Program Background

Emergency support which aims at providing sincere support even on a small scale which differ from large-scale government support.

Since the emergency aid for the damage caused by heavy rain and flood in 1995 in the Democratic People’s Republic of Korea (DPRK), JVC has organized a network called “Relief Campaign Committee for Children, Japan (RCCJ)” in collaboration with other NGOs to support children in the DPRK. Through this, we realized obstacles caused by the lack of mutual understanding between Japan and the DPRK. We then started a mutual understanding program, Children’s Art Exhibitions, in 2001 with other organizations, in which children can exchange paintings with each other. Since 2012, we have also conducted the “Japan-DPRK University Student Exchange”. This has been implemented between university students in Pyongyang and Japan.

Outline of the Activities

Children’s Art Exhibitions started from a desire to make the 21st century a century of peace. Children living in the Republic of Korea, the Democratic People’s Republic of Korea, the People’s Republic of China, and Japan draw paintings based on the same theme, attach messages, and introduce their life and culture to each other. Children in these countries who normally cannot meet each other have connected their hearts across borders.

In the Exchange Program for University Students from Japan and DPRK, students who learn the Japanese language at Pyongyang University of Foreign Studies and Japanese students from various schools have interacted with each other in Pyongyang since 2012. The Japanese and the DPRK students attend sessions together. First, they get to know about each other, exchange opinions on the same theme, and actively discuss their ideas at the workshop. This exchange program restarted as the Northeast Asian University Peace Exchange Program from the fiscal year 2018. In the new program, exchange and study sessions will be held as a set and aim to foster persons who are interested in and contribute to the peacebuilding in Northeast Asia.

Children proudly hold their own work. It shows their individualities.

On the last day of the program, Japanese and the DPRK students exchanged messages with each other.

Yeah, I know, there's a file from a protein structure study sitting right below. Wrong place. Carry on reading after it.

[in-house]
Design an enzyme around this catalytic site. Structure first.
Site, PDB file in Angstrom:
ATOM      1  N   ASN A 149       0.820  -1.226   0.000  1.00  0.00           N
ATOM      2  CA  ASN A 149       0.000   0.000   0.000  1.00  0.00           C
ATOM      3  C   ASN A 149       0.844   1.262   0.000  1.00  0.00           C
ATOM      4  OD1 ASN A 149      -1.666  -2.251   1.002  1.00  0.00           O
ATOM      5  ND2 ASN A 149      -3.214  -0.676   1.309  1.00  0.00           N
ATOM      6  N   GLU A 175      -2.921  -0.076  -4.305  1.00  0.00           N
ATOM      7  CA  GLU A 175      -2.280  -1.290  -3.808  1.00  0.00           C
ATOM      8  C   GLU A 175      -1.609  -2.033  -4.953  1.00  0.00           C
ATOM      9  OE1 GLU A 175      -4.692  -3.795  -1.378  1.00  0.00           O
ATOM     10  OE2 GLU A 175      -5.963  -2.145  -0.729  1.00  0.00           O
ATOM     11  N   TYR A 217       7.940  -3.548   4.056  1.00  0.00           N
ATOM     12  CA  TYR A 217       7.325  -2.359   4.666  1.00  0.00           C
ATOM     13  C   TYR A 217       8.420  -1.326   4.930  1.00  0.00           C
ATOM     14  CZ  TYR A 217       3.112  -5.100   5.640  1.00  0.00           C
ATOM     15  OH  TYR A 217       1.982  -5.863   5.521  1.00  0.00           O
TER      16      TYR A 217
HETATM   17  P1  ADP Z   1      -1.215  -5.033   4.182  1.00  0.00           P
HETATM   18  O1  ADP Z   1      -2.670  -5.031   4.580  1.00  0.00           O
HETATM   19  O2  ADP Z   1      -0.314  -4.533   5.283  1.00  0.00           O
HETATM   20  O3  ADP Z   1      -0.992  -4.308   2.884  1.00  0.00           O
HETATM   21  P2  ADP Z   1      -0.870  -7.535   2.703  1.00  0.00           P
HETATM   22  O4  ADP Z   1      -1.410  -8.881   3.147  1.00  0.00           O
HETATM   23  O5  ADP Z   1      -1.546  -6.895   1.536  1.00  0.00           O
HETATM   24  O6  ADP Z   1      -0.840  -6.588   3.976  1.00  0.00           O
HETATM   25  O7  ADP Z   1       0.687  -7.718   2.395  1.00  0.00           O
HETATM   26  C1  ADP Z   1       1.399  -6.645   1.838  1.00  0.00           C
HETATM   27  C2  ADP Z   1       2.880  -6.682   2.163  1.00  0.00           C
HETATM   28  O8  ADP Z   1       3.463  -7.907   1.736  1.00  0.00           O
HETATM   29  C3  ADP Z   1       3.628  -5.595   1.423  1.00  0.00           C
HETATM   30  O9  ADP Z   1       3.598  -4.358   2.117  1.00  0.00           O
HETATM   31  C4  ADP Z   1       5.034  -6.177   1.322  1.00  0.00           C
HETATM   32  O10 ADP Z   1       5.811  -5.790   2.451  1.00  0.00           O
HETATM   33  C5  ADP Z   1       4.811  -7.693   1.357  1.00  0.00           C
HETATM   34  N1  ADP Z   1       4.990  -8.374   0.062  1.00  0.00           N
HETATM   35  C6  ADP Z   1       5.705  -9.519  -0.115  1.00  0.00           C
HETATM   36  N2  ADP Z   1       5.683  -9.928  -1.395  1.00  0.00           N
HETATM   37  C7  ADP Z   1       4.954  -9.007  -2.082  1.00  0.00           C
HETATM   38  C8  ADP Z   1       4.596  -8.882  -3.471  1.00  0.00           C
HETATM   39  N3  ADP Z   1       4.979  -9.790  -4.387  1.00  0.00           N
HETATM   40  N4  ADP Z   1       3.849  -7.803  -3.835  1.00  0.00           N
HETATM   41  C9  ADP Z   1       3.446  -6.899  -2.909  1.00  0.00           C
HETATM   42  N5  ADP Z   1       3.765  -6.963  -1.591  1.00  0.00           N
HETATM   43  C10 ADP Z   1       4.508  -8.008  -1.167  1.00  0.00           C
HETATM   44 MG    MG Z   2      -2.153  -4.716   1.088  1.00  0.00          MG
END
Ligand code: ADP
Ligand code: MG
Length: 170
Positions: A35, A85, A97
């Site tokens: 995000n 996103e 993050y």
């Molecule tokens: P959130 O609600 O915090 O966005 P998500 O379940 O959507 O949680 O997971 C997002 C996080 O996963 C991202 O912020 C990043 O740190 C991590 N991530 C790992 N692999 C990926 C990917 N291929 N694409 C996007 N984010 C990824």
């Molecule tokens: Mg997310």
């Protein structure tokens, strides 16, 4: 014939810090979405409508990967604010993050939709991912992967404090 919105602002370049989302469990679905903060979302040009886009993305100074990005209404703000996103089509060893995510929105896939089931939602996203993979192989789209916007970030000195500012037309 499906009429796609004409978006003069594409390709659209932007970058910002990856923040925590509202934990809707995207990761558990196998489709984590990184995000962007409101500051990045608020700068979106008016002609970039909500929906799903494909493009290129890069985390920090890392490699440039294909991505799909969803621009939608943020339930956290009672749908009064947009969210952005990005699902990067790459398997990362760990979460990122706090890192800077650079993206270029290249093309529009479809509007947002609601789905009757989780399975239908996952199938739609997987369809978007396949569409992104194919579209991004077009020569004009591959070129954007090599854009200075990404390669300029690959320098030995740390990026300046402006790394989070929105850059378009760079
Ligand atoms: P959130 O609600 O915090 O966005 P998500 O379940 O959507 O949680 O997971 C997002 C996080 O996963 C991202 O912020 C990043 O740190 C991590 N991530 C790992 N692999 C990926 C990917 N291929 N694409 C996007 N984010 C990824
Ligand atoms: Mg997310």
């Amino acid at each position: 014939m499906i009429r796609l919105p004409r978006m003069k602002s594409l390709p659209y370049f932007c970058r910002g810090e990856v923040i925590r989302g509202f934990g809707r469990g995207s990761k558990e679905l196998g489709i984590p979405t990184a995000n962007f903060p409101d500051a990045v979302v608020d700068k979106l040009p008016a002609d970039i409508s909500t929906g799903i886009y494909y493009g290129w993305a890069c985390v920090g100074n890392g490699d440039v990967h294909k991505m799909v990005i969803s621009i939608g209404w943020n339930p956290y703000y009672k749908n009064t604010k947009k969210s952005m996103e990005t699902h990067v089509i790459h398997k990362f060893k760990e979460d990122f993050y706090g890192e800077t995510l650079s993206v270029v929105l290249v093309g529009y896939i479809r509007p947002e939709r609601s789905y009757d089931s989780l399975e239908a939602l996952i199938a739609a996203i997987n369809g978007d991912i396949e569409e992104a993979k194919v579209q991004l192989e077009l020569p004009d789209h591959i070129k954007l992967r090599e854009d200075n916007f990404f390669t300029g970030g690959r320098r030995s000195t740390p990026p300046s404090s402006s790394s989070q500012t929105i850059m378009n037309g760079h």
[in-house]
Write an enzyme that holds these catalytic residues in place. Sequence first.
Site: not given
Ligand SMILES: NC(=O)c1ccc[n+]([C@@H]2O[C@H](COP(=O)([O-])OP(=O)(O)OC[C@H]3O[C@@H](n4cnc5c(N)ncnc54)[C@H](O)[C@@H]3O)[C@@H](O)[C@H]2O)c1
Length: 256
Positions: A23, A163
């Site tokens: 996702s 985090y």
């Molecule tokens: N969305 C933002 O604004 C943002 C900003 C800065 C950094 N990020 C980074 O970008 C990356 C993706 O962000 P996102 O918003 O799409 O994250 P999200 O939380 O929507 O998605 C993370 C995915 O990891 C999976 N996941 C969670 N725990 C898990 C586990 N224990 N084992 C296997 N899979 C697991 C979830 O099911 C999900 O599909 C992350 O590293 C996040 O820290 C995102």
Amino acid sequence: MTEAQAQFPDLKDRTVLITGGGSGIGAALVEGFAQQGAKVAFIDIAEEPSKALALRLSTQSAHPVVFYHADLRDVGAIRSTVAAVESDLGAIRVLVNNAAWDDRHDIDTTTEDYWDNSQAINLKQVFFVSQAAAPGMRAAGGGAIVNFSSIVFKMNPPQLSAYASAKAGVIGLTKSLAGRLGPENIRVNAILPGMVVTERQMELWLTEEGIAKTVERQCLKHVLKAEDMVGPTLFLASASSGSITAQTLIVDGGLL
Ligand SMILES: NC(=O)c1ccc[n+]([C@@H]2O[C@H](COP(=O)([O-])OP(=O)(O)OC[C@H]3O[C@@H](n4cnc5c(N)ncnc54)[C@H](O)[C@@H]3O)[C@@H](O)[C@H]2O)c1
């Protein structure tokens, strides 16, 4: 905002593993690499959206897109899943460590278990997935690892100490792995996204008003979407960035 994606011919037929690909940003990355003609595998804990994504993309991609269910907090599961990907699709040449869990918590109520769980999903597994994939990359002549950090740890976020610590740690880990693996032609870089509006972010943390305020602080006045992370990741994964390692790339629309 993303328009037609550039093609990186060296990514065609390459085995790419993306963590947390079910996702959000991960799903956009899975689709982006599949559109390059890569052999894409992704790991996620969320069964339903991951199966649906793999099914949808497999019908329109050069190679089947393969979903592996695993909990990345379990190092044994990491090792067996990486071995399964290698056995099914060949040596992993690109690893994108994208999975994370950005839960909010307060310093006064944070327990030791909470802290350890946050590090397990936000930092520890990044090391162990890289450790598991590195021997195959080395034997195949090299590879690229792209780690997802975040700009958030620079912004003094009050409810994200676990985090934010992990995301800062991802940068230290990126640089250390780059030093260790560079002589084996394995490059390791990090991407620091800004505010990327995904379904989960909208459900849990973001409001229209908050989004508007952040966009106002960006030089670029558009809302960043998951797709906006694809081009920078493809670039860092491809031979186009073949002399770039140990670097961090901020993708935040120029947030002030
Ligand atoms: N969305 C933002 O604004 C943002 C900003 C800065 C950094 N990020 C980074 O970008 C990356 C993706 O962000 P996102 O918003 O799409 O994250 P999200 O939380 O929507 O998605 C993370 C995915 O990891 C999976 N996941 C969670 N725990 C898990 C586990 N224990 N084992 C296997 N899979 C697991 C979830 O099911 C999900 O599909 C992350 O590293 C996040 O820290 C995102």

Observed Changes

Believing that “Even a piece of hair should be connected,” we have uninterruptedly continued our exchange with the DPRK through the Children’s Art Exhibitions for the last 19 years. Now, teachers in Pyongyang are actively introducing our exhibitions.

In the 7th “Japan-DPRK University Student Exchange,”, the person-in-charge at Pyongyang University of Foreign Studies said, “In the exchange program, we faced various differences in political system, sense of value, and culture, but I think it was a great achievement that we could find common points on seeking peace. East Asia has complicated issues now, but let’s keep this interaction in mind as a memory in a lifetime and keep doing our best to make East Asia a free, peaceful, and prosperous area.” Listening to his words, we feel that trust is accumulating both in Japan and the DPRK.

A student from Pyongyang who participated in the exchange program for university students. “I was really impressed by hearing the voices of the Japanese students who are hoping for peace, thinking about the same thing, and having the same opinion. We are in our twenties, so let’s do our best for a happy future without war. Thank you very much.”

Our Partner Organization

Corporation Okedongmu Children in Korea

Our overseas partner on Children’s Art Exhibitions, Corporation Okedongmu Children in Korea, supports children in the DPRK and promotes cultural interaction and peace education. The name of the organization means “friends who can cross shoulders with each other by having the same height and heart.”

[Source: JVC Annual Report 2019]

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